I think that people often think their frogs will suffocate, but this doesn't seem realistic considering the minute amount of oxygen such a small animal uses and the fact that most plants produce more than enough oxygen to suit the frogs needs. I think it's a lot better to have little or no ventilation, personal opinion.
Fair play Bob, As said above, I presumed they would be the same as Chameleons, Obviously Im wrong. I'll do some more research into plants basis.

Quote:
Originally Posted by ClintonJ View Post
Since your tanks don't come with lids you're in a unique situation since you can build a lid to suit. I'd build it short front to back and make a 1-2 inch screen that goes the width of the tank and glue it in at the front. That should provide plenty of room for gas exchange. If you really wanted to kick the airflow up a notch install a fan or two in the canopy to blow through the screen. This will de-condesate your front glass as well. This is what I've done in the past. hth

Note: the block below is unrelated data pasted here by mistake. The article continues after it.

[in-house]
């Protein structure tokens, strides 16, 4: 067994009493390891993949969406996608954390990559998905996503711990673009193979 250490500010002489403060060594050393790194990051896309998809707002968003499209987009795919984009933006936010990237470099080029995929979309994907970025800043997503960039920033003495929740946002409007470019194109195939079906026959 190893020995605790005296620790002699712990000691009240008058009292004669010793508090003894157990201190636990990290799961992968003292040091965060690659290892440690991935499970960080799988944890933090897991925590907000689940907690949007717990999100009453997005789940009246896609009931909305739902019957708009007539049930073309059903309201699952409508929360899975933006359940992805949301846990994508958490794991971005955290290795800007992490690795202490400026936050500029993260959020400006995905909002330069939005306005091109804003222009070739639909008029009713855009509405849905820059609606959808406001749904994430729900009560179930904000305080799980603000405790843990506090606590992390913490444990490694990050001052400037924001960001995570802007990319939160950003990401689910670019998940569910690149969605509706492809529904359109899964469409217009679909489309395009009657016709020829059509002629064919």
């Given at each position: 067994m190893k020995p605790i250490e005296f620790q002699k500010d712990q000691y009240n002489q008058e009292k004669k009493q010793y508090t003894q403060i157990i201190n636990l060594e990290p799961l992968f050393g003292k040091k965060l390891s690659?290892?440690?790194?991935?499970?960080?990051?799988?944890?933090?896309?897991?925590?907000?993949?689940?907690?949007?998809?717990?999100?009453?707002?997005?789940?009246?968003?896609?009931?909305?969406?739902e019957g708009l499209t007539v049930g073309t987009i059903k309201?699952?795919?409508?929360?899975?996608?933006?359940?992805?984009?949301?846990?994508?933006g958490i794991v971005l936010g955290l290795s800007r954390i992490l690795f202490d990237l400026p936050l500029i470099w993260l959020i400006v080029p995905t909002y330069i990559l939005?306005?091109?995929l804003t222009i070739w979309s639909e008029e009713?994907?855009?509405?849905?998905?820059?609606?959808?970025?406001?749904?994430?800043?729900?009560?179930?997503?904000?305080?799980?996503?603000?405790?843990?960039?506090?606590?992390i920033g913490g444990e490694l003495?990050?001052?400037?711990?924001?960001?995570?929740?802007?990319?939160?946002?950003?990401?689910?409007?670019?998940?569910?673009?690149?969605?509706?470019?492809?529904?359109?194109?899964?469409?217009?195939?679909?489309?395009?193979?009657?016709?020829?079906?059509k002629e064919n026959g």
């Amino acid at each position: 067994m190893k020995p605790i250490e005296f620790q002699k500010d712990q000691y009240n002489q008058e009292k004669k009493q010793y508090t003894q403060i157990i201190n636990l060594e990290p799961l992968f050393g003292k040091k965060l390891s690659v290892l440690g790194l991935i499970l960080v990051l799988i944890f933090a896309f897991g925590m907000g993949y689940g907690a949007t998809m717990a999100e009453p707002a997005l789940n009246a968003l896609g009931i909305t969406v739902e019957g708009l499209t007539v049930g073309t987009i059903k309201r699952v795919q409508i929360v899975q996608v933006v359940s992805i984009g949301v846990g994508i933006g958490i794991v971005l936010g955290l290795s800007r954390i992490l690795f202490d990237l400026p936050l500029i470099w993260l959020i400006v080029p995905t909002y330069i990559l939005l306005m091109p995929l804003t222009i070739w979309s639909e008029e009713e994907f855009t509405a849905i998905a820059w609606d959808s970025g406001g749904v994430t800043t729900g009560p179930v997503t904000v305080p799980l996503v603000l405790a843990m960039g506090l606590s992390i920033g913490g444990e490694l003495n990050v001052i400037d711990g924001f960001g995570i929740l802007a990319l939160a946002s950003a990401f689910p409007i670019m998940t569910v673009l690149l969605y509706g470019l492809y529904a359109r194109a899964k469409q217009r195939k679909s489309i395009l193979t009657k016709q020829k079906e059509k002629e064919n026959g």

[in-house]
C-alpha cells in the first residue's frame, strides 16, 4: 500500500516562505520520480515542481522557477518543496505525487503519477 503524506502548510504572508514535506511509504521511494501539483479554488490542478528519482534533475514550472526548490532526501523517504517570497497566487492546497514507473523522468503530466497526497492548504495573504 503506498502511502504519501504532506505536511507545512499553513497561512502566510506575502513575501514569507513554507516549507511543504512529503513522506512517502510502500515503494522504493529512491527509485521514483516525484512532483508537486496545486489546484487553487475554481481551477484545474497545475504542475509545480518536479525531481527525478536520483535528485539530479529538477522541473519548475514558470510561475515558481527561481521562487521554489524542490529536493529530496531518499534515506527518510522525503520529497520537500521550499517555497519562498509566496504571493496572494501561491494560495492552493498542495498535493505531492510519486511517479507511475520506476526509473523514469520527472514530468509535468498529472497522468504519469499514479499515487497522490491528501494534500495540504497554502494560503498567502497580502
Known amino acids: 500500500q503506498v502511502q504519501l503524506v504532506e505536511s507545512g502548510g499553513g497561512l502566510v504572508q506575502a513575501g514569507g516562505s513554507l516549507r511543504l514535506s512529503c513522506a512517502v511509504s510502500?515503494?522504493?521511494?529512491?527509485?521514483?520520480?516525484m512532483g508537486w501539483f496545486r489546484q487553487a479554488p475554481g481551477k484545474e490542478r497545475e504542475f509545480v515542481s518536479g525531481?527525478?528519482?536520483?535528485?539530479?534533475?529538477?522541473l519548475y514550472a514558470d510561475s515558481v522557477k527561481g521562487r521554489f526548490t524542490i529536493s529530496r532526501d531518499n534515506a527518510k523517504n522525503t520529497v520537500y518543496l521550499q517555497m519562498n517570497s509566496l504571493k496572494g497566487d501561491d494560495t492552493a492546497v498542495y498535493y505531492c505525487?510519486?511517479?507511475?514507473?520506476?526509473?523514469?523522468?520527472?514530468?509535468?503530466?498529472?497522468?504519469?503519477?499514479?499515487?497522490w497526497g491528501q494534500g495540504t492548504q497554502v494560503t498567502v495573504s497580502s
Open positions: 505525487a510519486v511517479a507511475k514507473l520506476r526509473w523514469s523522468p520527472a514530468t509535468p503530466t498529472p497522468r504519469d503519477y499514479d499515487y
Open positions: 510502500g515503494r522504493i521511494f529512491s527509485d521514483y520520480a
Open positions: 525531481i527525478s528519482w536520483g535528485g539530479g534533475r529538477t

Thanks Clinton, Thats given me a great Idea. What's a good material to make the lid from? I work in an aquatics store, So im quite lucky interms of equipment/products etc.

Kind Regards,

Scott
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Old 06-16-2009, 11:55 AM
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Default Re: Ventilation In Fish Tanks (or lack of)

You need to get some pictures up scott ,when you get back from hollidays going through the setting up process or somthing??
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Old 06-16-2009, 12:27 PM
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Default Re: Ventilation In Fish Tanks (or lack of)

I think that you're spot on about your chams needing lots of air circulation but you need not worry about that with your frogs . It's been said by many on this board that more than enough air is exchanged when you open your viv to feed. If you'd like to read more opinions on the subject look here:
http://www.dendroboard.com/forum/par...tion-poll.html

After reading that thread I decided that going out of my way to make vents was a bit contradictory to my goal of high humidity :P. You'll also see that many people opted to seal their vivariums and use internal air circulation to get the "best of both worlds" so to speak.... Good luck!